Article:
Thursday, February 9, 2012

Psychological Stress, the Adrenals, and the Immune System

What kind of person are you?
Are you the kind of person who just rolls with the punches, doesn’t get upset much by life’s ups and downs? Or you do you find yourself reacting and overreacting to the slightest thing? That would make you either a “low reactor” or a “high reactor”, two distinct types of people, who are affected by “stressors” very differently. High reactors are significantly affected by stress, as shown by a significant increase in heart rate, blood pressure, catecholamines, and CD8 cells which are cells that occur in response to infection.

Catecholamines are hormones produced by the adrenal glands, which are found on top of the kidneys.
Catecholamines are released into the blood during times of physical or emotional stress. The major catecholamines are dopamine, norepinephrine, and epinephrine (which used to be called adrenalin). Low reactors show little or no change in those areas during times of stress (Manuck, et al, 1991). Additionally, studies on monkeys have shown that ulceration showed up most severely during the rest and recovery periods, rather than during the stress period itself (McEwen & Stellar, 1993). Studies by Manuck, et al in 1991 showed that psychological stressors induced cell division among CD8 cells, thereby increasing the number of CD8 cells and suppressing immune function. However, this response was only seen in those subjects who also showed high heart rate change and catecholamine change during the stressors. In conclusion, psychological stress does have a significant effect on the immune system. It raises catecholamine and CD8 levels, which suppresses the immune system. This suppression, in turn, raises the risk of viral infection and illness.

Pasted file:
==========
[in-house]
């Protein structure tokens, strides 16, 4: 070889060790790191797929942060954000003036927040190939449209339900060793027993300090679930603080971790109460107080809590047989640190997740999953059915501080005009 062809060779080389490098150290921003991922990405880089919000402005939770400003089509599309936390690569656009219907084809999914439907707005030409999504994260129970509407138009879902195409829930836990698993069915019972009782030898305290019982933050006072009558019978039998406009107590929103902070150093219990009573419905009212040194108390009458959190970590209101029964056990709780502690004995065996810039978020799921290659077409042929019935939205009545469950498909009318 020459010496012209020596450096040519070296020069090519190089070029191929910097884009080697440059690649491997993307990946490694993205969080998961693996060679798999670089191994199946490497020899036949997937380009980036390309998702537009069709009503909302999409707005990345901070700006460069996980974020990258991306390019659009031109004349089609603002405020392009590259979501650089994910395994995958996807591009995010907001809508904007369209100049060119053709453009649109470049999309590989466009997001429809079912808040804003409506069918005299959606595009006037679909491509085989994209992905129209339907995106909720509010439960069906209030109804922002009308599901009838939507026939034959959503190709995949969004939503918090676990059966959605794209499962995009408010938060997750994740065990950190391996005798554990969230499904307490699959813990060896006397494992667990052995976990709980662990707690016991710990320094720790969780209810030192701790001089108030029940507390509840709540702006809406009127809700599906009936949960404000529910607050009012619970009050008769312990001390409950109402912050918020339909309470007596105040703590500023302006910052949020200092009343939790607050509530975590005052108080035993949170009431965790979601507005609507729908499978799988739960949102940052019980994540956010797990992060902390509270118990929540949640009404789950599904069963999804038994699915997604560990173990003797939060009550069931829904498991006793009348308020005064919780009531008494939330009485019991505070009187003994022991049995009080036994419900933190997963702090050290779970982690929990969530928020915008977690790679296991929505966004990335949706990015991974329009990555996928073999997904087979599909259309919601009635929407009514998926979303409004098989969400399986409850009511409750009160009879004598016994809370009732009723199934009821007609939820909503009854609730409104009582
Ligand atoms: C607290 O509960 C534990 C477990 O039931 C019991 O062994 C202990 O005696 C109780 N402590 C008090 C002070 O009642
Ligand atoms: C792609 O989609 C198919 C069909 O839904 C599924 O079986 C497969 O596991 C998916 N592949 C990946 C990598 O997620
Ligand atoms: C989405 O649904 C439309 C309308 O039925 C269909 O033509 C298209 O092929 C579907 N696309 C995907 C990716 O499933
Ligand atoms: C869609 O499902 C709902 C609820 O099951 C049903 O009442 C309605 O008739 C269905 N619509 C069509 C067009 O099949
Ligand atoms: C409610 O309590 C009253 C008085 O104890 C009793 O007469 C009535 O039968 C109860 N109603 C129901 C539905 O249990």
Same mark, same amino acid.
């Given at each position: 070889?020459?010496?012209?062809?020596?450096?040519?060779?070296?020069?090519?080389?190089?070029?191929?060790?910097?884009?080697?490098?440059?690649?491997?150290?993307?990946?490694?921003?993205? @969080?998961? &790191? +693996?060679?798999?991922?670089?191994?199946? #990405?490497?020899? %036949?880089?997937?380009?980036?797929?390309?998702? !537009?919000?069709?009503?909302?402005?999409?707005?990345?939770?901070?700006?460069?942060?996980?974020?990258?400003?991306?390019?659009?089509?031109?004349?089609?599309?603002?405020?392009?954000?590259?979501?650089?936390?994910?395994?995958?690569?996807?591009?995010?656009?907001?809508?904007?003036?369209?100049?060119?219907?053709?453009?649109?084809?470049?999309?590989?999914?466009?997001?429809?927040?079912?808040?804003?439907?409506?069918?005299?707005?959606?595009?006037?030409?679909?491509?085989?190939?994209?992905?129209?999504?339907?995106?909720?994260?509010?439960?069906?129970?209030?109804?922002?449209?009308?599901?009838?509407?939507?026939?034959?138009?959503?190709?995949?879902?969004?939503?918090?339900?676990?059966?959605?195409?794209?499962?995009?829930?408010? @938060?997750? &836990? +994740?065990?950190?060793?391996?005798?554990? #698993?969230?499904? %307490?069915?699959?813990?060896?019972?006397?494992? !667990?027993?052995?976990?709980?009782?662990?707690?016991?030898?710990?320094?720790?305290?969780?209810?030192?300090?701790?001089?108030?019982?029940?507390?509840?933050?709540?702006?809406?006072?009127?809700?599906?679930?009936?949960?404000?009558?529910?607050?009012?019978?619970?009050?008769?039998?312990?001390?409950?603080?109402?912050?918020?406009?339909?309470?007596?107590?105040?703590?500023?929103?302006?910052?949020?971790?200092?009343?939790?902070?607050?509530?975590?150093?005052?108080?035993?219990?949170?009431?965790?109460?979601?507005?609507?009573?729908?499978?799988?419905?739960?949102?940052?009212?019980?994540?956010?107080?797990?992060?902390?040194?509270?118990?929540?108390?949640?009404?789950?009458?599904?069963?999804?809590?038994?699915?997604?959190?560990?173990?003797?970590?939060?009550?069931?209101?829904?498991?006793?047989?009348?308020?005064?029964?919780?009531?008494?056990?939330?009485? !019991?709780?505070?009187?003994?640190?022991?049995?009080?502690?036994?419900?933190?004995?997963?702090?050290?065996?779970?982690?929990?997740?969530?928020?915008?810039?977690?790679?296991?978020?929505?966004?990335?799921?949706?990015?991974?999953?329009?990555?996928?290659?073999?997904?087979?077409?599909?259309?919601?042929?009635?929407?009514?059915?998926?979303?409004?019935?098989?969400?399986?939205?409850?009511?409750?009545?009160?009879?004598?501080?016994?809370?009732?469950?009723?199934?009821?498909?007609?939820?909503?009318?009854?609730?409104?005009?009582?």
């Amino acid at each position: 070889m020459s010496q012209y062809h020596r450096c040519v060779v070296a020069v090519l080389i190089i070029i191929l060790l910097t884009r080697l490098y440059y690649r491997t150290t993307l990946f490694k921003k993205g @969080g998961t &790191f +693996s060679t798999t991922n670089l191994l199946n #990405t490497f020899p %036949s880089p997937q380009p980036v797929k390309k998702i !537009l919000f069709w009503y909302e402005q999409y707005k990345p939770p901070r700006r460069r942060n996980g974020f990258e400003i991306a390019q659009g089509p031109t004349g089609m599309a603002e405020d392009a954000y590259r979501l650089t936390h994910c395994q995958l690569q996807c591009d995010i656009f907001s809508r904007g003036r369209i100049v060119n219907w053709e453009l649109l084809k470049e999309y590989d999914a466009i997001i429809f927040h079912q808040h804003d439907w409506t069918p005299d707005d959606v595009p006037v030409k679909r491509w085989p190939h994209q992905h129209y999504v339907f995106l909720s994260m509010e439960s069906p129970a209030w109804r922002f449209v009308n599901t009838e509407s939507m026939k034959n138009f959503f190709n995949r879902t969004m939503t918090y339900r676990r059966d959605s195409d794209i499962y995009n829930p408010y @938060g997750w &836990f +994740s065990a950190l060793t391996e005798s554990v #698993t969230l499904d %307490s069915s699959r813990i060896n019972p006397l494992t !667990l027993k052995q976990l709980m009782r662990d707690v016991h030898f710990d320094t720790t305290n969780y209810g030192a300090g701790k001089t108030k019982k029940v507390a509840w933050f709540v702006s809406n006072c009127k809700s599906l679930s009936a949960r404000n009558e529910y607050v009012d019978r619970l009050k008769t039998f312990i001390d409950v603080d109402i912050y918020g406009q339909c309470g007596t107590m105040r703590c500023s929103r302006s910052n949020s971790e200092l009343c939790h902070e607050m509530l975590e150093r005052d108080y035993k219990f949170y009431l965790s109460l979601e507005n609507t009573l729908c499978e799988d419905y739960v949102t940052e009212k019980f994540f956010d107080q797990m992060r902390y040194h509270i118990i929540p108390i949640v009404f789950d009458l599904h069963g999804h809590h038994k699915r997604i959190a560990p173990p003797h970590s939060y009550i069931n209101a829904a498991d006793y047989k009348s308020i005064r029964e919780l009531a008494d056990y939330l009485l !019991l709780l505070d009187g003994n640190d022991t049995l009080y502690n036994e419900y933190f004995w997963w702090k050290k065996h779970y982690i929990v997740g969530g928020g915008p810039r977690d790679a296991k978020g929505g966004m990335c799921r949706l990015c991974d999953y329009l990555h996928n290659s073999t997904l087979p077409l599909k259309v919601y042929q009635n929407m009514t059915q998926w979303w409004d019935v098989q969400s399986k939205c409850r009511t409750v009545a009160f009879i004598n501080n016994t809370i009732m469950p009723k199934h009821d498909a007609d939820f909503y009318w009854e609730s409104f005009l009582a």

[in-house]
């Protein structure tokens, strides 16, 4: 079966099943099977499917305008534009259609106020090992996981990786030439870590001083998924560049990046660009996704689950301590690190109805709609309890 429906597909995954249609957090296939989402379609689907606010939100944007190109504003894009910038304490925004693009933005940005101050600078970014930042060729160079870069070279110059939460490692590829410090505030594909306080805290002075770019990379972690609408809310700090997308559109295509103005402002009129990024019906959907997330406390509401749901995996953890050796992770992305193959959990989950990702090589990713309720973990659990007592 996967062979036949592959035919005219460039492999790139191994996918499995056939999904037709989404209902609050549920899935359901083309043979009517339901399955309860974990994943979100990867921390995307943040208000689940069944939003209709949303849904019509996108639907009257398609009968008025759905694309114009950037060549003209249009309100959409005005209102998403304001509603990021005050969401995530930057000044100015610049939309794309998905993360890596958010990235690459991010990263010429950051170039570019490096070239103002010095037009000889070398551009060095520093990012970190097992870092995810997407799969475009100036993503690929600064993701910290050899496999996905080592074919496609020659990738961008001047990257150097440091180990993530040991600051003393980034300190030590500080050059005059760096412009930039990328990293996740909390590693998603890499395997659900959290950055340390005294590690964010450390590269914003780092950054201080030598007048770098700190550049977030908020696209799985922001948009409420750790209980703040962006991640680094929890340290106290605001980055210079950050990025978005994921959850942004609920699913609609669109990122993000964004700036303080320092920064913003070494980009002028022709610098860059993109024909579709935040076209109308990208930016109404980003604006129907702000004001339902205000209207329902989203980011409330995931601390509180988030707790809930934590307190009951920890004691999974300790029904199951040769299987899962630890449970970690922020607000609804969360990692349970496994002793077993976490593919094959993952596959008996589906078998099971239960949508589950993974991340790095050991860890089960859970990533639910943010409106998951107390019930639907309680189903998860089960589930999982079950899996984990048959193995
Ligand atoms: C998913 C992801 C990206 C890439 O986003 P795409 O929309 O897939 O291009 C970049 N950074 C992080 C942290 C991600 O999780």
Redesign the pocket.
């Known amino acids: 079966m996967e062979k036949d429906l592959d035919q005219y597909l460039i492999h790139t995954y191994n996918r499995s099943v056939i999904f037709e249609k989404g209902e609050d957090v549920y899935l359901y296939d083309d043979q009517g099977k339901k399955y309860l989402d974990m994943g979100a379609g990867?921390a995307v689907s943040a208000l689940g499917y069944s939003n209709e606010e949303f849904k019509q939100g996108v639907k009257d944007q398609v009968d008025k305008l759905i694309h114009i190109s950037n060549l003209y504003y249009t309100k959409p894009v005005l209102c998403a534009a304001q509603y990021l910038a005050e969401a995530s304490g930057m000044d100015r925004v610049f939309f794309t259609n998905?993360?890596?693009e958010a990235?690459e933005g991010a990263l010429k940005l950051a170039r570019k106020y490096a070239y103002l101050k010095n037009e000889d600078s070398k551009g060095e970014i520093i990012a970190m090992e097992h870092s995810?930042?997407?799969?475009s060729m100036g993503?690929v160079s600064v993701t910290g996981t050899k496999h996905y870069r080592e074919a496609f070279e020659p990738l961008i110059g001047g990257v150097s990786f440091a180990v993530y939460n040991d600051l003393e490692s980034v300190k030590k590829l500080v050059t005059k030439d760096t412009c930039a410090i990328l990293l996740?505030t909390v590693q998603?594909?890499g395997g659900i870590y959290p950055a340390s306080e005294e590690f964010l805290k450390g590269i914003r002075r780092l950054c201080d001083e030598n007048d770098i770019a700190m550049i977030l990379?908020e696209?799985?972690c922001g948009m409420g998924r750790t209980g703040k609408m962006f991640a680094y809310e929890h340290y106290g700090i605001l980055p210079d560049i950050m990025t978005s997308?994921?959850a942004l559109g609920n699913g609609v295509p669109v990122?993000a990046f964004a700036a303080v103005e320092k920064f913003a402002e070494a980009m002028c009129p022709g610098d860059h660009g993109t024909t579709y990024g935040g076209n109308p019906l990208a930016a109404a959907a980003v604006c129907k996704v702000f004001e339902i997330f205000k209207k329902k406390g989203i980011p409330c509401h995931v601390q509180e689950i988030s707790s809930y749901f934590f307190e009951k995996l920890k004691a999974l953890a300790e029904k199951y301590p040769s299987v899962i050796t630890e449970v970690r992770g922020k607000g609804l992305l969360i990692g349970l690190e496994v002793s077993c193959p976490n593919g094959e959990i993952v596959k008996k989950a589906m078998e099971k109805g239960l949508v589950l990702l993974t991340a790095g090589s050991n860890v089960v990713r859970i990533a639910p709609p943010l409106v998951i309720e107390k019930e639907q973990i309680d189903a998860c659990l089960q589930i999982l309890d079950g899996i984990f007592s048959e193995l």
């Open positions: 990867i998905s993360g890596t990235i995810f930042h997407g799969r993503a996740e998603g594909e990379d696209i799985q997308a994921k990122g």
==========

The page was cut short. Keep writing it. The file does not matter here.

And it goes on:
Using natural ways to increase stamina and to stimulate the immune system is a good way to go. Of course, the basics are always a good place to start. Check your diet to make sure you are eating enough fruits and vegetables, especially leaf greens. Monitor your exercise program to make sure is it appropriate for your age, physical condition and the time of year. Make sure you are getting at last 8 hours of deep restful sleep. Adequate sleep is very restorative to the body. Additionally, herbs can really help the body deal with physically and mentally stressful exposures, such as heat, cold, physical exhaustion, viruses, bacteria, chemicals, extreme working conditions, noise, and pollution.

In Health,
Naturally Botanicals, Inc.